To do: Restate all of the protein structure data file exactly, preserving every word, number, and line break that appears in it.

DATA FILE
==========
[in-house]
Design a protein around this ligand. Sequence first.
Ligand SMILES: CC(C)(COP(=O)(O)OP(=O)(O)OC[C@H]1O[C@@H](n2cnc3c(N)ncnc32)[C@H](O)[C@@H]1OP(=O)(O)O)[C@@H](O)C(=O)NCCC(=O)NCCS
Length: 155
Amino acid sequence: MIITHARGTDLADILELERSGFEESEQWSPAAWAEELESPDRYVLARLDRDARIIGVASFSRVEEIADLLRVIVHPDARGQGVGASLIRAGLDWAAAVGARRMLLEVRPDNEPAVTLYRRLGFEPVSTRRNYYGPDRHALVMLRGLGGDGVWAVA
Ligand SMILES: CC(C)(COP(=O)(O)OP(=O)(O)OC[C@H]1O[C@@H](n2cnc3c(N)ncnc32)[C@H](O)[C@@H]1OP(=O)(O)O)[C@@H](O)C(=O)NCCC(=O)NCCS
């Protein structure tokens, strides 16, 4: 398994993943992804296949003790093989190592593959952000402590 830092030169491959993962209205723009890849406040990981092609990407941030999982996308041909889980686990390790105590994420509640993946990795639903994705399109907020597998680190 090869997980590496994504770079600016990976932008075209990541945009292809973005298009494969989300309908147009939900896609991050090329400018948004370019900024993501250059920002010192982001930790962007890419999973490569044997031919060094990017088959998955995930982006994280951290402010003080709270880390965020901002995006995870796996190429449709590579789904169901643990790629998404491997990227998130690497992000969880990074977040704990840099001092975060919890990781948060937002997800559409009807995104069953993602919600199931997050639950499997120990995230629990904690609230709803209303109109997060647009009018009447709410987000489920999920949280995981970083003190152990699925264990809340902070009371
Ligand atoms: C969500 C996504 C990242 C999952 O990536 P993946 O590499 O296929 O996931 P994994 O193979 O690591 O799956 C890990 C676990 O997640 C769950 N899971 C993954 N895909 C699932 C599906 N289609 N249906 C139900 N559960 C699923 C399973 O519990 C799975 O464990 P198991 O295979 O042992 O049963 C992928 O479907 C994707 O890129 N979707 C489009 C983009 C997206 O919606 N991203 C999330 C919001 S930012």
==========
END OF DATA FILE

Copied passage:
[in-house]
Design a protein around this ligand. Sequence first.
Ligand SMILES: CC(C)(COP(=O)(O)OP(=O)(O)OC[C@H]1O[C@@H](n2cnc3c(N)ncnc32)[C@H](O)[C@@H]1OP(=O)(O)O)[C@@H](O)C(=O)NCCC(=O)NCCS
Length: 155
Amino acid sequence: MIITHARGTDLADILELERSGFEESEQWSPAAWAEELESPDRYVLARLDRDARIIGVASFSRVEEIADLLRVIVHPDARGQGVGASLIRAGLDWAAAVGARRMLLEVRPDNEPAVTLYRRLGFEPVSTRRNYYGPDRHALVMLRGLGGDGVWAVA
Ligand SMILES: CC(C)(COP(=O)(O)OP(=O)(O)OC[C@H]1O[C@@H](n2cnc3c(N)ncnc32)[C@H](O)[C@@H]1OP(=O)(O)O)[C@@H](O)C(=O)NCCC(=O)NCCS
């Protein structure tokens, strides 16, 4: 398994993943992804296949003790093989190592593959952000402590 830092030169491959993962209205723009890849406040990981092609990407941030999982996308041909889980686990390790105590994420509640993946990795639903994705399109907020597998680190 090869997980590496994504770079600016990976932008075209990541945009292809973005298009494969989300309908147009939900896609991050090329400018948004370019900024993501250059920002010192982001930790962007890419999973490569044997031919060094990017088959998955995930982006994280951290402010003080709270880390965020901002995006995870796996190429449709590579789904169901643990790629998404491997990227998130690497992000969880990074977040704990840099001092975060919890990781948060937002997800559409009807995104069953993602919600199931997050639950499997120990995230629990904690609230709803209303109109997060647009009018009447709410987000489920999920949280995981970083003190152990699925264990809340902070009371
Ligand atoms: C969500 C996504 C990242 C999952 O990536 P993946 O590499 O296929 O996931 P994994 O193979 O690591 O799956 C890990 C676990 O997640 C769950 N899971 C993954 N895909 C699932 C599906 N289609 N249906 C139900 N559960 C699923 C399973 O519990 C799975 O464990 P198991 O295979 O042992 O049963 C992928 O479907 C994707 O890129 N979707 C489009 C983009 C997206 O919606 N991203 C999330 C919001 S930012």